It was back in 2013 that President Obama outlined his Power Africa Initiative, which aims to grant first-time access to electricity to 50 million people by the year 2020. Power Africa is a project launched to support economic growth and development in Africa by increasing access to reliable and affordable energy. Ethiopia is one among the six nations selected for the scheme, together with Tanzania, Ghana, Kenya, Nigeria and Liberia, and it is now finalizing a national action plan to utilize the Power Africa initiative properly.  Ethiopia is, of course, endowed with abundant potential for renewable energy production and the Water, Electricity and Irrigation Ministry has announced that the action plan will put in place mechanisms that guarantee the benefits from Power Africa; allowing for the generation of 30,000MW of clean, sustainable, energy and add 60 million new interconnections which will also increase access to electricity across the continent. USAID stated that Power Africa will support Ethiopia’s energy development strategy through technical assistance to the Government in negotiating its initial landmark Power Purchase Agreement (PPA) and facilitating the financing of private-sector-led geothermal, solar and wind projects. In this context, the Eastern Africa Power Pool (EAPP), seeks to facilitate the cross border trading of renewable energy power supplies to the region at the lowest possible cost. The EAPP is working towards efficiently managing an integrated system and Power Africa will assist the EAPP to develop common grid codes and structural transmission interconnection projects that will facilitate integrated development as well as the operations of national power systems in East Africa.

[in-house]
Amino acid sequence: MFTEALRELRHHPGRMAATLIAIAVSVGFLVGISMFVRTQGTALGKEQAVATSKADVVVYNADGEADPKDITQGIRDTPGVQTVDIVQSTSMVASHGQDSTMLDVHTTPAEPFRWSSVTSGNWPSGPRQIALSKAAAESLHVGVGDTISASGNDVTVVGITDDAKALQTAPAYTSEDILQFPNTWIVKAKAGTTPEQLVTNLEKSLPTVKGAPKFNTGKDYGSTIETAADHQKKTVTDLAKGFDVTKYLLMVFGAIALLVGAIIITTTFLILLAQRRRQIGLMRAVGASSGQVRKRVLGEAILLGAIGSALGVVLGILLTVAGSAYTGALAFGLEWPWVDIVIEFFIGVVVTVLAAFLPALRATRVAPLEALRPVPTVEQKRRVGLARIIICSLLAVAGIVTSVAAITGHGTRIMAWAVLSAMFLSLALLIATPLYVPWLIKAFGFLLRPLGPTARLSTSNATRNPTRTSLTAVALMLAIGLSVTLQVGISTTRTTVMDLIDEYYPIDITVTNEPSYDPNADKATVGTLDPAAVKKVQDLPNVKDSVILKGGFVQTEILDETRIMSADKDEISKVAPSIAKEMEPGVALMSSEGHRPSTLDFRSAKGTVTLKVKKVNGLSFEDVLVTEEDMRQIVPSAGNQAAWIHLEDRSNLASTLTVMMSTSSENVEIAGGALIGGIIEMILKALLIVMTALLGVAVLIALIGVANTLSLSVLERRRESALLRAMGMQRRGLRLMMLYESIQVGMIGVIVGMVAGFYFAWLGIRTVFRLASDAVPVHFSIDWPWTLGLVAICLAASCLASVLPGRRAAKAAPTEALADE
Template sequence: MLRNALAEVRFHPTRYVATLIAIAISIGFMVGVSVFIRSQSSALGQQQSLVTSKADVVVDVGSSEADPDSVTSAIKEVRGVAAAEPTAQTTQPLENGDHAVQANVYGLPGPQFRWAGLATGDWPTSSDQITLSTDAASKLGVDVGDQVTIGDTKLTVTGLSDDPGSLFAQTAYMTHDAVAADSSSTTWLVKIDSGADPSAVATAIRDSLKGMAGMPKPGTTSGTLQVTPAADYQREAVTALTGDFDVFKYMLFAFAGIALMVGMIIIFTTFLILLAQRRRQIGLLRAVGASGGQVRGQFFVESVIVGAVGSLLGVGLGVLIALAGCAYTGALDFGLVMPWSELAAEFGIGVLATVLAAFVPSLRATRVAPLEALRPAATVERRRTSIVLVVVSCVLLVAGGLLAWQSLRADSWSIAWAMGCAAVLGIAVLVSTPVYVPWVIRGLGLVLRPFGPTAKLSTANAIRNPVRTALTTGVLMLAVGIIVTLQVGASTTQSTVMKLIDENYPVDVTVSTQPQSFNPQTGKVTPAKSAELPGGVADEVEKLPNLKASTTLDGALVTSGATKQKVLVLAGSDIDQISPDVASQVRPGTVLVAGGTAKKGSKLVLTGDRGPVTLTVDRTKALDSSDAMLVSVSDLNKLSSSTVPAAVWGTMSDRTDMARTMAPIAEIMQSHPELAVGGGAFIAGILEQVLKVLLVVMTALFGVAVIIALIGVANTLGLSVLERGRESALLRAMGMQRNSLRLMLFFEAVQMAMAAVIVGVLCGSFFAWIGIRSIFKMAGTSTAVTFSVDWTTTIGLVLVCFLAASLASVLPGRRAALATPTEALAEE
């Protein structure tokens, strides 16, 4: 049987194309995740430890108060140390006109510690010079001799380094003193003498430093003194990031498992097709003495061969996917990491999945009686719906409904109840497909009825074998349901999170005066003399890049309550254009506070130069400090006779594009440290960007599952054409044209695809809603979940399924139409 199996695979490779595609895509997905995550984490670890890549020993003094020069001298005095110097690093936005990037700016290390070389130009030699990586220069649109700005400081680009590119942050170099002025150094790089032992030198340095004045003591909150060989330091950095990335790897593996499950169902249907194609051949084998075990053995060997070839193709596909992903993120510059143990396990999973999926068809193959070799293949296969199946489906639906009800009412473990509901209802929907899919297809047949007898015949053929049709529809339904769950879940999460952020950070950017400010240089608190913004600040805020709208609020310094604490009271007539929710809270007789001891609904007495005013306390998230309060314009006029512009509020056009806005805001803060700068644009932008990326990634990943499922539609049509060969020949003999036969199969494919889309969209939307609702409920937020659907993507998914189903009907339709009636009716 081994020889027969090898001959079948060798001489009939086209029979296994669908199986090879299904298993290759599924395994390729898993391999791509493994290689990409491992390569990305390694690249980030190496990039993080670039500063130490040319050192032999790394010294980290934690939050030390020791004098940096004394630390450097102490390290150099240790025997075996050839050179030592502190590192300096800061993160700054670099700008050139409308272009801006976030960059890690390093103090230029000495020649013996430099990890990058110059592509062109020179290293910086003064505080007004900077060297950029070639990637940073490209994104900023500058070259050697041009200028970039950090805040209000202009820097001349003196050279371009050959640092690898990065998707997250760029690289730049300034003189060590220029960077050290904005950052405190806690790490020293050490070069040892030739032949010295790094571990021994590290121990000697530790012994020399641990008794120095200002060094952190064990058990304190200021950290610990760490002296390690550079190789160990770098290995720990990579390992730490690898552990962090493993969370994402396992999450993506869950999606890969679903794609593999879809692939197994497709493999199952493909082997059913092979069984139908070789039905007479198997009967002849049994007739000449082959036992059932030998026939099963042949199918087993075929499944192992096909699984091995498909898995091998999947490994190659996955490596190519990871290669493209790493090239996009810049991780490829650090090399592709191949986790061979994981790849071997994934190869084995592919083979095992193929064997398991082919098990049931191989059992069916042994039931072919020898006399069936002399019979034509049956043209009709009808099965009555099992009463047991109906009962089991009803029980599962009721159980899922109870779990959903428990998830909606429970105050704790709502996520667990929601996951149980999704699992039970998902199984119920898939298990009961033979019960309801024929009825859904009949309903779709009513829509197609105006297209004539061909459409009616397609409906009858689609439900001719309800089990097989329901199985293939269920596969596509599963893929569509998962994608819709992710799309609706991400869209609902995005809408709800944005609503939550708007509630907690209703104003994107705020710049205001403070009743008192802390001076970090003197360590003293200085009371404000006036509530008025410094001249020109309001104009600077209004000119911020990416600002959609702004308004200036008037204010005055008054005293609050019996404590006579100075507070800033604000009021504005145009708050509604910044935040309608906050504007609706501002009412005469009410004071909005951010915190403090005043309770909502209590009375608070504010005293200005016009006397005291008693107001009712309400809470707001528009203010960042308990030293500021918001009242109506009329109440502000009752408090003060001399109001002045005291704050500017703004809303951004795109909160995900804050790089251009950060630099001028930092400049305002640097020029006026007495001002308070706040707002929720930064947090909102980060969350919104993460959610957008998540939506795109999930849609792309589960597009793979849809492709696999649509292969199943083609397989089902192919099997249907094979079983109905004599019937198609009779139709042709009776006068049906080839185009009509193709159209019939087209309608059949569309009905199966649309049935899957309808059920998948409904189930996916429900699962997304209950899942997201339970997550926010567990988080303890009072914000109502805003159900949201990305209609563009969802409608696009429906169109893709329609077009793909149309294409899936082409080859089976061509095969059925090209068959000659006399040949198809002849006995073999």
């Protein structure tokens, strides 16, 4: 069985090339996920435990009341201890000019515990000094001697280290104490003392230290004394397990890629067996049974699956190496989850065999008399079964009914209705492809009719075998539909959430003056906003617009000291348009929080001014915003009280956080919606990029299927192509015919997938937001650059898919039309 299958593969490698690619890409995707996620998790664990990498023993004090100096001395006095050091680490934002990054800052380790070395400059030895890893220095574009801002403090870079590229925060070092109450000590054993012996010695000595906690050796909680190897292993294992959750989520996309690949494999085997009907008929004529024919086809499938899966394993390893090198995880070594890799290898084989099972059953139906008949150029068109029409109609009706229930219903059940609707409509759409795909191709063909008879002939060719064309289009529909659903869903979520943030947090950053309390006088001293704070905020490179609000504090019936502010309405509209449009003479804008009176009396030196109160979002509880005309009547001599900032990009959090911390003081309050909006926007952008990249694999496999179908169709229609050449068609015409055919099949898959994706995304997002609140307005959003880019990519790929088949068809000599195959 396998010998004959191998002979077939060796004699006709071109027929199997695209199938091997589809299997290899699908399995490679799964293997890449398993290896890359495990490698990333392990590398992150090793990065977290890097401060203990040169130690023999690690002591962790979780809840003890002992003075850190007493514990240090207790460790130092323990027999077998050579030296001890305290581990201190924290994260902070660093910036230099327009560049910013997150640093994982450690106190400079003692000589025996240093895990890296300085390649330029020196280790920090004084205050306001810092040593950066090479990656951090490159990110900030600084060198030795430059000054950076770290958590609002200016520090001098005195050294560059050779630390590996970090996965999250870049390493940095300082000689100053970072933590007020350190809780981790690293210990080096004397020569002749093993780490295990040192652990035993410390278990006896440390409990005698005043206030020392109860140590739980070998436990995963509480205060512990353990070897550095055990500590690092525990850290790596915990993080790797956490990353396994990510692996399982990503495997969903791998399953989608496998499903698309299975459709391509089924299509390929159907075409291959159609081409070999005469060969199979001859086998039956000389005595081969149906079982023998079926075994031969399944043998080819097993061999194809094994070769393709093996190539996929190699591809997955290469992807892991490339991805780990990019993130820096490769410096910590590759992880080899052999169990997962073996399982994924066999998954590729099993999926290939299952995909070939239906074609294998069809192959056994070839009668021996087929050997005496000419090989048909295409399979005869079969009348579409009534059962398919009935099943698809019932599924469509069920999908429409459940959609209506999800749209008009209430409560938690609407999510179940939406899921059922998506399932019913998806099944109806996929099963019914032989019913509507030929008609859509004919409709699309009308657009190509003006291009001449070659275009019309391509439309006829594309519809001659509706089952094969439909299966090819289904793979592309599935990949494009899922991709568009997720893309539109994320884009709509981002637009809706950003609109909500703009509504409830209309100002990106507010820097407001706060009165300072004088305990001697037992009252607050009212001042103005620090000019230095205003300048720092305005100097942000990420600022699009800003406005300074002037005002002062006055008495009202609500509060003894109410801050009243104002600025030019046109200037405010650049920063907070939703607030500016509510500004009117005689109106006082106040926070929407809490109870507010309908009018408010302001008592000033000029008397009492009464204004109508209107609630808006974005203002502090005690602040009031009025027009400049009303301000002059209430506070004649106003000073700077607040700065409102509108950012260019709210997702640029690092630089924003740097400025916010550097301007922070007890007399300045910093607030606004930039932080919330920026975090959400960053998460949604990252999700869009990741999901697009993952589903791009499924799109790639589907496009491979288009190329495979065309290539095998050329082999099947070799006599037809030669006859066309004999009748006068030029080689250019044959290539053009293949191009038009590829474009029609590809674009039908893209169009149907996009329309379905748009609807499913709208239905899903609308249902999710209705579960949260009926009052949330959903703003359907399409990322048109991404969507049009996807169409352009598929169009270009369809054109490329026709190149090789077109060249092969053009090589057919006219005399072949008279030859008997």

Other recent developments in Ethiopia’s energy sector included the signing of a Memorandum of Understanding between Ethiopian Electric Power and the United States Trade Development Agency (USTDA), the commencement of the Kenya-Ethiopia power line, and the visit of various Ambassadors resident in Addis Ababa, including the US Ambassador to Ethiopia, visited the Grand Ethiopian Renaissance Dam to see progress. The Memorandum of Understanding was signed on Friday last week. Azeb Worku, CEO of the Ethiopian Electric Power, said this was to help “Ethiopia to get standardized electric materials, supplies and equipment from the international market”. USTDA has pledged over $400,000 to improve access to electric equipment and other related elements of cooperation.

 The Kenya Electricity Transmission Company announced last week that the construction of high voltage transmission lines covering 612 kilometers to the Ethiopian border at Moyale would begin in May. Kenya’s plans to buy cheap power from Ethiopia are reaching an advanced stage with the preliminary engineering and design elements of the project complete. The Kenya-Ethiopia transmission line will traverse Marsabit, Samburu, Isiolo, Laikipia, Nyandarua and Nakuru and the total cost of the project is an estimated Kenyan Sh129.12 billion. This is one of a number of planned regional projects with neighboring countries now in progress.

 Overall, the country’s energy project developments are keeping up to schedule, but with Ethiopia one of the world’s fastest growing the need for power continues to grow. New agreements and partnerships and regional power integration projects development are needed and are well underway to support and maintain a decade-long rapid development and growth rate. The plans require expanding electric power supply at a rate of more than 14% per year.